Everything Public

Karl H Christ
5 min readDec 13, 2021

Absolutely everything that every official does in every branch of government in the United States of America should be fully transparent and accessible to any citizen. Though it has never been true in practice, it is the case that in theory government officials are no more than public employees doing work that should be directly in line with our will and in our service. Presidents and congresspeople, governors and mayors, are not meant to behave and be treated like kings and lords. Elected officials are meant to serve at our whims, not bend laws and play with our lives in ways that serve their own. They’ve no right to act as though they rule us, nor to determine what information we should be permitted access to.

All of this classified and top-secret business, government agencies hiding everything from public review and scrutiny in the name of “national security” is a sham based on a lie and it is an affront to the public that the government has no right to inflict. The purported purpose of keeping information secret for the sake of national security is to prevent hostile foreign powers from using said information to do harm to the American public. The truth, however, is that the information kept from us is almost always kept secret from us because it regards harm being done to us or to others in our name and with our money. It is also naive to believe that most information the US government keeps, if it has ever been on a networked computer, hasn’t already been accessed by foreign hackers. So it’s often a matter of our government and members of foreign governments both knowing information kept secret exclusively from us.

Every time a whistleblower comes forward and reveals information that was kept secret from the public it is with hardly any exception that the information reveals abuses done by members of the government which could, and should, expose them to legal retribution, rather than it being any information that some hostile government could use to harm us.

Chelsea Manning revealed information and videos exposing war crimes committed by the US military in Iraq and Afghanistan. Nothing she exposed put any military personnel in harm’s way; all it did was make the US military and government look bad, because they were bad and had done very bad things. She was branded a traitor and imprisoned for years.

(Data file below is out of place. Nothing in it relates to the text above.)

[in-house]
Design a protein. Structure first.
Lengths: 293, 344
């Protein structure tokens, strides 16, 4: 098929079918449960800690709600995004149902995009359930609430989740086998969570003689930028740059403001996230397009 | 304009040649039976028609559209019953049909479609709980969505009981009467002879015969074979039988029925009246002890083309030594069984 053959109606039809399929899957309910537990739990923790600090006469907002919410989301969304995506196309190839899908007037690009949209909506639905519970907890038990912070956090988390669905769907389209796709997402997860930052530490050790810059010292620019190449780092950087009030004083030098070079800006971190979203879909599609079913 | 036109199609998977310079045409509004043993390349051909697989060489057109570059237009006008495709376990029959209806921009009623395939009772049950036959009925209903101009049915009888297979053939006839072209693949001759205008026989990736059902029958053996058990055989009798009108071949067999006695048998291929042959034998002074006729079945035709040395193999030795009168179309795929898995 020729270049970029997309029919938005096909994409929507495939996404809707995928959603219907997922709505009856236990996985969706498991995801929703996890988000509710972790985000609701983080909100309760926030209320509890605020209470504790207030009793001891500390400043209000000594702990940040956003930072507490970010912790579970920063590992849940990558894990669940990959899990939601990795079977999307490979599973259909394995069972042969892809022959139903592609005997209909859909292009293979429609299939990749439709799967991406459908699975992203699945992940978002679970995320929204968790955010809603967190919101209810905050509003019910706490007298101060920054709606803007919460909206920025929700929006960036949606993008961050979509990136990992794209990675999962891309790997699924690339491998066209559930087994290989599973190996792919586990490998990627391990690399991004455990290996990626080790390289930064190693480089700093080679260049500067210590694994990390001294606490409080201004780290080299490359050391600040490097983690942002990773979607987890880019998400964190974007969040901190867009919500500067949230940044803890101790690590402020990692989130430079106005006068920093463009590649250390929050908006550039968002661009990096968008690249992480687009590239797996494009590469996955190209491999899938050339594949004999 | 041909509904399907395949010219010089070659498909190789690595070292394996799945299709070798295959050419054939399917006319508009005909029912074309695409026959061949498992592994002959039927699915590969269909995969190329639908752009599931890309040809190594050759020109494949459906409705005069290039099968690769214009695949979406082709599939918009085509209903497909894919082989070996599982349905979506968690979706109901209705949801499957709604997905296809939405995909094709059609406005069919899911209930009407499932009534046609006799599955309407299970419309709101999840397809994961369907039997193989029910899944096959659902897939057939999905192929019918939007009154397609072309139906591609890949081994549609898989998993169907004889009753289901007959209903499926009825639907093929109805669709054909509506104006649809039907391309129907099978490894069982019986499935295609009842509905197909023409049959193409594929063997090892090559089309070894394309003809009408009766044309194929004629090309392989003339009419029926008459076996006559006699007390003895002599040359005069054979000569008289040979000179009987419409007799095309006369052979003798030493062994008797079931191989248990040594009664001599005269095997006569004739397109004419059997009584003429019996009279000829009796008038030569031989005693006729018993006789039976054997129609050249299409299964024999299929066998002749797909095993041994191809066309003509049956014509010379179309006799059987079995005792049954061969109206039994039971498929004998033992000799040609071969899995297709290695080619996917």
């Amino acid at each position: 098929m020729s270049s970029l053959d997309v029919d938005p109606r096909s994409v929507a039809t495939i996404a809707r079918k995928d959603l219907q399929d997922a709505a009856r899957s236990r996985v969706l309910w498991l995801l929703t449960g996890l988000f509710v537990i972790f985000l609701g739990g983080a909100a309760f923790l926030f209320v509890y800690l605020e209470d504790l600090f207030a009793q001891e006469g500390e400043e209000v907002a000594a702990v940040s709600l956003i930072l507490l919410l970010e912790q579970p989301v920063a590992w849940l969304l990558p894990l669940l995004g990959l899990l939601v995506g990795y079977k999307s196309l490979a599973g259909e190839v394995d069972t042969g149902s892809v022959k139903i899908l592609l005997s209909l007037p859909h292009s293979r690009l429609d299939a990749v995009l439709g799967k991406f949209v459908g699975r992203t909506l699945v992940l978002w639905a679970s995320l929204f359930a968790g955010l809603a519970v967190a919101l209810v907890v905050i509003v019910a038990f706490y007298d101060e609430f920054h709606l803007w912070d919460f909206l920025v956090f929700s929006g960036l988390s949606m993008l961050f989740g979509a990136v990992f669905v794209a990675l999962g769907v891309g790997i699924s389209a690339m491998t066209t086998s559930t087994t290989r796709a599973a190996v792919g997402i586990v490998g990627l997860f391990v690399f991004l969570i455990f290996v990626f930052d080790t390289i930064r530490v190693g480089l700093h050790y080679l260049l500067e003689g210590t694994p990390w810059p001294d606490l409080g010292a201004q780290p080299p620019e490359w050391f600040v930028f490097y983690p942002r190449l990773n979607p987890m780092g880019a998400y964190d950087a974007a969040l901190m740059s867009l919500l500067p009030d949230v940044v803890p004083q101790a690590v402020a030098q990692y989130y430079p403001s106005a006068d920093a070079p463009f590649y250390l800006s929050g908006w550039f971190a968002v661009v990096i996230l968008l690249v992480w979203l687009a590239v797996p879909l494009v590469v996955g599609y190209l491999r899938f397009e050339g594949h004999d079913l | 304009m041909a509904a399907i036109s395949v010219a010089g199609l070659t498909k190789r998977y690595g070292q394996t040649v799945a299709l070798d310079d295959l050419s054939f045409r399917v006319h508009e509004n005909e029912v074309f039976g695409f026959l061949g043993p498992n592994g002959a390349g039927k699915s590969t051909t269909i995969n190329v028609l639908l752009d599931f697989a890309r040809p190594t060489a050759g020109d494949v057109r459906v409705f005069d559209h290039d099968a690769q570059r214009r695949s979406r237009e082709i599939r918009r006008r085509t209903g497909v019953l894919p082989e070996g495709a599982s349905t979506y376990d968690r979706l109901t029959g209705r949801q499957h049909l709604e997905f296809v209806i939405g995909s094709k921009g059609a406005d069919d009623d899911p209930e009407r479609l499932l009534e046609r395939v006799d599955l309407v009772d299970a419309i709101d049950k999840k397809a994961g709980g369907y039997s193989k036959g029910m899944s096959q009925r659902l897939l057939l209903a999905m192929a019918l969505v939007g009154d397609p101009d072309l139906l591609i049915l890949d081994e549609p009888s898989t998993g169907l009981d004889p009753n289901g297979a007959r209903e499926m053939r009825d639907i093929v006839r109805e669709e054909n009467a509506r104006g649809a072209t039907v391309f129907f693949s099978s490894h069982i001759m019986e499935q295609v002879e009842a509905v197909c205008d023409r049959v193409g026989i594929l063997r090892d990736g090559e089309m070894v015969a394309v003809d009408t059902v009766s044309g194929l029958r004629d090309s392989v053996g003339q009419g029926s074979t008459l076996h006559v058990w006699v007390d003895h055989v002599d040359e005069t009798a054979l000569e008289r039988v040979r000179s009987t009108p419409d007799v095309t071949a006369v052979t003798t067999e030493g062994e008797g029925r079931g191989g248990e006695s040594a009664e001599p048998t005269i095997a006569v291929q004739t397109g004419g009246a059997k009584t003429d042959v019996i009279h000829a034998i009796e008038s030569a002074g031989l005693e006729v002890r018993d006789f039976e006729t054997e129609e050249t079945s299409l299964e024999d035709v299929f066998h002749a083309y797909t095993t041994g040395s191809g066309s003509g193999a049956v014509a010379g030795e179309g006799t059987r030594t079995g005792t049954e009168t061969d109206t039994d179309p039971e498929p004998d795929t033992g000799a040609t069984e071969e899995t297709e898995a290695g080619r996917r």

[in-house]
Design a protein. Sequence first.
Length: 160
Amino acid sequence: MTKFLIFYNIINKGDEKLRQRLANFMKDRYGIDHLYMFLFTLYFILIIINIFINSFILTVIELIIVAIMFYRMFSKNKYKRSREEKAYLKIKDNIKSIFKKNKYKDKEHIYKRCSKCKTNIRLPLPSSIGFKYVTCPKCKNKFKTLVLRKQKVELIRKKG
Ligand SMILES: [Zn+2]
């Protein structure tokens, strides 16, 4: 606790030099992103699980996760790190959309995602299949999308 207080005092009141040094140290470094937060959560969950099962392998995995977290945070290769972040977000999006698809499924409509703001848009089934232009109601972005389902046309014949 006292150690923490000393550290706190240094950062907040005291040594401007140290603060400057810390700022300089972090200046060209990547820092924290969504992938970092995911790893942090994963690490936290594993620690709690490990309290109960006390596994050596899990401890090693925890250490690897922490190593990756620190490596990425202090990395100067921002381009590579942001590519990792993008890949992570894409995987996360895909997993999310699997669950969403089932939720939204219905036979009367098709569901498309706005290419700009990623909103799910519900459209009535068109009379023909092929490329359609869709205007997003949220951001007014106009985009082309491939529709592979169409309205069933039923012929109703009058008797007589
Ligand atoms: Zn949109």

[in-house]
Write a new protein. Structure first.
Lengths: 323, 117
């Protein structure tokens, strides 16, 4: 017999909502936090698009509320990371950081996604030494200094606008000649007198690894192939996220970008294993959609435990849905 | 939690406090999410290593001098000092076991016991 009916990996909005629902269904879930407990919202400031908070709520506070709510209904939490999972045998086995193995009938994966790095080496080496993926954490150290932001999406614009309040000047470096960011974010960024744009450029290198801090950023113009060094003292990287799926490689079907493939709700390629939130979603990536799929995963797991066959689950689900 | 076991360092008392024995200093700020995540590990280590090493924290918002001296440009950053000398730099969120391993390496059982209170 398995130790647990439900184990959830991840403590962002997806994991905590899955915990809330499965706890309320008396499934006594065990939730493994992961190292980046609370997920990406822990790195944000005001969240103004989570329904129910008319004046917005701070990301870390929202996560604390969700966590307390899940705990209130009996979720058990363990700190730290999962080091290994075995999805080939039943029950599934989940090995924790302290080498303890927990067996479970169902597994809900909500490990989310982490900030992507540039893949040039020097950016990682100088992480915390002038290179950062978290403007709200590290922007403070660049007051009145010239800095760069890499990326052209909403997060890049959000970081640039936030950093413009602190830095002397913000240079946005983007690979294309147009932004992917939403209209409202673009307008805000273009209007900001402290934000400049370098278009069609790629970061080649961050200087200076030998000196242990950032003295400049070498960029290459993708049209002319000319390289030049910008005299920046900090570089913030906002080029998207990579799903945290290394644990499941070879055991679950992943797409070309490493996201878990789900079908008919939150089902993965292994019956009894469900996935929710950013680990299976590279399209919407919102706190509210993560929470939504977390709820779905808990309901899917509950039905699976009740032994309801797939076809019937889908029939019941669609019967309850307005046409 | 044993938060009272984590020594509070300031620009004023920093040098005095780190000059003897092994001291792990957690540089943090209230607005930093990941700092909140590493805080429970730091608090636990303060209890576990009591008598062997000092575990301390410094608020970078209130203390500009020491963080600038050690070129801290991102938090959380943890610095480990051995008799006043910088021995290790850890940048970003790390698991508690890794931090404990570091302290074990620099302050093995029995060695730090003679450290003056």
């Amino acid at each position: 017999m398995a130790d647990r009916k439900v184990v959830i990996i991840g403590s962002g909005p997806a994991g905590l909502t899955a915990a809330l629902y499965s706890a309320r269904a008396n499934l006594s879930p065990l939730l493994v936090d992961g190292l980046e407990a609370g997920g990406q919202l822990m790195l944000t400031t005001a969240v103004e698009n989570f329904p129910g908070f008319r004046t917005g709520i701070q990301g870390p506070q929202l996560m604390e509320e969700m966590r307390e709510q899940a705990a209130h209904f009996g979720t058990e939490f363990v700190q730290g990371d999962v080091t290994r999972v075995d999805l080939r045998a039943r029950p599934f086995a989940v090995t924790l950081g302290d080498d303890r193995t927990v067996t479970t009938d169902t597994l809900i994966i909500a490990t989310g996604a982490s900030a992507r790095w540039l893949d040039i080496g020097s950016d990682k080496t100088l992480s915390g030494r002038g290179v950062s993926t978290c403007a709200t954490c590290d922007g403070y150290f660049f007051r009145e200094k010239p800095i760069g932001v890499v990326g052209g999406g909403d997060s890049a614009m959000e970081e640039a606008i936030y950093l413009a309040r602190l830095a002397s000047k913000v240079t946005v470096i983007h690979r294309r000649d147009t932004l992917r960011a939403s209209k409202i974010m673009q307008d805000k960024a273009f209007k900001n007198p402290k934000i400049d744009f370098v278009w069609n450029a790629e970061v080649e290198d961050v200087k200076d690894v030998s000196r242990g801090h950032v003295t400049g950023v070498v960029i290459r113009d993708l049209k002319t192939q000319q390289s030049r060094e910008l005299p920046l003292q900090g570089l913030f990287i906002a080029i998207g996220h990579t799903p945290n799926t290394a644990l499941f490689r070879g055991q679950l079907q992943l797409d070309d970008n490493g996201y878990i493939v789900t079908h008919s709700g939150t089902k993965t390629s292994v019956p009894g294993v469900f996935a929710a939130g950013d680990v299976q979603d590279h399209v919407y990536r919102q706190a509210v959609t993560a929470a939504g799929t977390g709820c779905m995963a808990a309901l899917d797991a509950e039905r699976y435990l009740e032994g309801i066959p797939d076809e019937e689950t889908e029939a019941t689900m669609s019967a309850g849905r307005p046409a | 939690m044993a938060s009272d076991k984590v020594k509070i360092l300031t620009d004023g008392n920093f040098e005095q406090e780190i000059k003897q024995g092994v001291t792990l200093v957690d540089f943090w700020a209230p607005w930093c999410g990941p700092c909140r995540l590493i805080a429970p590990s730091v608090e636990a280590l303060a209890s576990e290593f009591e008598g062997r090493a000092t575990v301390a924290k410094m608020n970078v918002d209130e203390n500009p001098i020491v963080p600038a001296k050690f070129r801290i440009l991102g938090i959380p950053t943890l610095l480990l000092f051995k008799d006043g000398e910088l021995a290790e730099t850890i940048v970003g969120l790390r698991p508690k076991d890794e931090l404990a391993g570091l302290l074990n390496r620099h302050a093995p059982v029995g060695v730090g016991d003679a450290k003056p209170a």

Edward Snowden revealed that US intelligence agencies were and had long been spying on American citizens. They violated our rights, and he exposed that. Doing this public service got him labeled a traitor and he’s been in exile in Russia for years, in danger of abuse and life imprisonment after a sham trial if he’s ever under US jurisdiction again.

Julian Assange is under the same threat. Despite not being a United States citizen, and therefore arguably not subject to its draconian espionage laws, and having done nothing other than publish information that any other news outlet would have, and which many others did, Assange is currently on the verge of being extradited to the US, after years of ostensible house arrest and criminal imprisonment in England, to be summarily convicted and locked away forever.

People like this, who are labeled and persecuted as traitors, spies, and criminals by the government, military, and law enforcement, should be regarded as heroes by the rest of us. It is absurd, the ease with which political officials convince so many otherwise. Whistleblowers like Snowden and Manning did not betray their nation, they didn’t betray us. They exposed pervasive unchecked corruption being carried out with taxpayer money. They exposed systemic criminal behavior being conducted by the most powerful apparatuses of our nation. To call them traitors is to declare allegiance with the corrupt and the criminal. To cast them and prosecute them as lawbreakers is to not only overlook but to condone the illegal acts they exposed and further empower the true criminal perpetrators.